Dead Reckoning


With this book, Ken McGoogan caps a quintet of works about Arctic exploration. Orthodox history celebrates such naval figures as John Franklin, Edward Parry and James Clark Ross. Dead Reckoning tells their stories but also encompasses such forgotten heroes as Thanadelthur, Akaitcho, Tattanoeuck, Ouligbuck, Tookoolito and Ebierbing, to name just a few. Without the assistance of the Inuit, Franklin’s recently discovered ships, Erebus and Terror, would still be lying undiscovered at the bottom of the polar sea.

Dead Reckoning ranges from the sixteenth century to the present day, looks at climate change and the politics of the Northwest Passage, and recognizes the cultural diversity of a centuries-old quest. Informed by the author’s own adventuring in the Arctic, and illustrated throughout, the book is a colorful, multi-dimensional saga that demolishes myths, exposes pretenders, and celebrates unsung heroes. For international readers, it sets out a new story of Arctic discovery. For Canadians, it brings that story home.

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Lady Franklin’s Revenge


(This book won the University of British Columbia Medal for Canadian History. Soon afterwards, Ken received the Pierre Berton Award for History)

Lady Franklin’s Revenge tells the story of a remarkable British woman who, denied a constructive role by the male-dominated society into which she was born, took her revenge in mid-life by seizing control of that most masculine of enterprises, Arctic exploration, and shaping its history to her own ends. Born into a world that decreed her place to be in the home, Jane Franklin (1791-1875) rebelled without ever declaring it. Arguably the greatest woman traveler of the age, she rode a donkey into Nazareth, sailed a rat-infested boat up the Nile River, and beat her way through the Tasmanian bush. She rode elephants in Rajasthan, scrambled up volcanoes in Hawaii, and, at age seventy, circumnavigated the globe in steamers and rough sailing ships.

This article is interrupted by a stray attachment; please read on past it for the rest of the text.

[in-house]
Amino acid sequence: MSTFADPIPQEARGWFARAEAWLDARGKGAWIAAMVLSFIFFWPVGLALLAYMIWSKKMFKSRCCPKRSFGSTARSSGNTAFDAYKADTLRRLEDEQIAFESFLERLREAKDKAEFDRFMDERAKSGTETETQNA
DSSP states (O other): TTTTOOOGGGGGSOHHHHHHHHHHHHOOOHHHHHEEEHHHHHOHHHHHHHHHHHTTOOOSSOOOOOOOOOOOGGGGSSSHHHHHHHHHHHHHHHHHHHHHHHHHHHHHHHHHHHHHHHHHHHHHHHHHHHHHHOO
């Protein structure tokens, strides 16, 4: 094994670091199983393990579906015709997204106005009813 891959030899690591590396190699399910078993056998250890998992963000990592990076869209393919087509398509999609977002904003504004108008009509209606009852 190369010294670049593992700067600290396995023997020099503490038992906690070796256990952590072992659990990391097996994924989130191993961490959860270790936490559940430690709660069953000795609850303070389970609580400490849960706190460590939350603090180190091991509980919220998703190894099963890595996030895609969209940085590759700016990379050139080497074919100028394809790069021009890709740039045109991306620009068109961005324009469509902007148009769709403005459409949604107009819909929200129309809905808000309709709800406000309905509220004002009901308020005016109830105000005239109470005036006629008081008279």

When her husband, Sir John Franklin, disappeared into the Arctic in 1845 while searching for the Northwest Passage, the dauntless Jane launched an unprecedented, twelve-year search. She raised funds, organized expeditions, stipulated routes, appointed captains, and dispatched ships, so contributing more to the discovery and mapping of northern North America than any other individual. Having failed to rescue the ill-fated Franklin, Jane worked through powerful male surrogates – among them Charles Dickens, Benjamin Disraeli, and the American magnate Henry Grinnell – to eradicate inconvenient truths, create a legend of her hapless husband, and change the course of Arctic history.

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Fatal Passage


Fatal Passage tells the story of Dr. John Rae, an unsung Arctic fur-trader who solved the two great mysteries of nineteenth-century Arctic exploration. Rae discovered both the final link in the Northwest Passage and the fate of the lost expedition of Sir John Franklin, whose final survivors resorted to cannibalism. Because he revealed that truth to Victorian England, Rae was vilified and virtually erased from history.

A national bestseller, Fatal Passage won the Writers’ Trust of Canada Drainie-Taylor Biography Prize, the Canadian Authors’ Association Lela Common Award for Canadian History, the Grant MacEwan Author’s Award, and an American Christopher Award for a work of artistic excellence that “affirms the highest values of the human spirit.” Film-maker John Walker turned the book into an award-winning docudrama called Passage, which aired on BBC and History Channel.

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Ancient Mariner


In 1757, when twelve-year-old Samuel Hearne joined the Royal Navy as an apprentice to the famous Fighting Captain Samuel Hood, he embarked on a life of high adventure. This courageous young sailor would become the first European to reach the Arctic coast of North America, during an unprecedented, three-year odyssey in the forbidding Barren Lands.

In this colourful, real-life saga, Ken McGoogan paints a vivid word-picture of life in the eighteenth-century, taking readers on and off the wooden sailing ships, through Dr. Johnson’s London, a city of 5,000 coffee houses, and away to the farthest reaches of North America. After serving as a midshipman during the Seven Years War, Hearne joined the Hudson’s Bay Company and was posted to Prince of Wales Fort at Churchill on Hudson Bay. From there, the ambitious young man embarked on an overland quest for a fabled copper mine – and also to discover the Northwest Passage.